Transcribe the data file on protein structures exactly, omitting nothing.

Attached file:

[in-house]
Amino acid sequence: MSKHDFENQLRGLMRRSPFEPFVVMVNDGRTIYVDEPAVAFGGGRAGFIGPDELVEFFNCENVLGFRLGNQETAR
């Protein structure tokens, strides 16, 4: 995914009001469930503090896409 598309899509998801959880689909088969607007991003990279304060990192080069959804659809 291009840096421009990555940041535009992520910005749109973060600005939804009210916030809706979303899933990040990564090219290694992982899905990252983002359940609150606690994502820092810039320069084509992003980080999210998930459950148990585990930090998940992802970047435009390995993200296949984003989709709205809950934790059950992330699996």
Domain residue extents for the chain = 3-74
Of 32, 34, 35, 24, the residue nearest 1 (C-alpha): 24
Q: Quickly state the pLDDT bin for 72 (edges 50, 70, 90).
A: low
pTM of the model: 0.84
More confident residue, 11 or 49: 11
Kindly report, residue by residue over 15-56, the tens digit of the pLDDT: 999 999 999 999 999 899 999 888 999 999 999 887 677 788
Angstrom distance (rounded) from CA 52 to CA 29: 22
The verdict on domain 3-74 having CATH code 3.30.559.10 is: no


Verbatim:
[in-house]
Amino acid sequence: MSKHDFENQLRGLMRRSPFEPFVVMVNDGRTIYVDEPAVAFGGGRAGFIGPDELVEFFNCENVLGFRLGNQETAR
């Protein structure tokens, strides 16, 4: 995914009001469930503090896409 598309899509998801959880689909088969607007991003990279304060990192080069959804659809 291009840096421009990555940041535009992520910005749109973060600005939804009210916030809706979303899933990040990564090219290694992982899905990252983002359940609150606690994502820092810039320069084509992003980080999210998930459950148990585990930090998940992802970047435009390995993200296949984003989709709205809950934790059950992330699996």
Domain residue extents for the chain = 3-74
Of 32, 34, 35, 24, the residue nearest 1 (C-alpha): 24
Q: Quickly state the pLDDT bin for 72 (edges 50, 70, 90).
A: low
pTM of the model: 0.84
More confident residue, 11 or 49: 11
Kindly report, residue by residue over 15-56, the tens digit of the pLDDT: 999 999 999 999 999 899 999 888 999 999 999 887 677 788
Angstrom distance (rounded) from CA 52 to CA 29: 22
The verdict on domain 3-74 having CATH code 3.30.559.10 is: no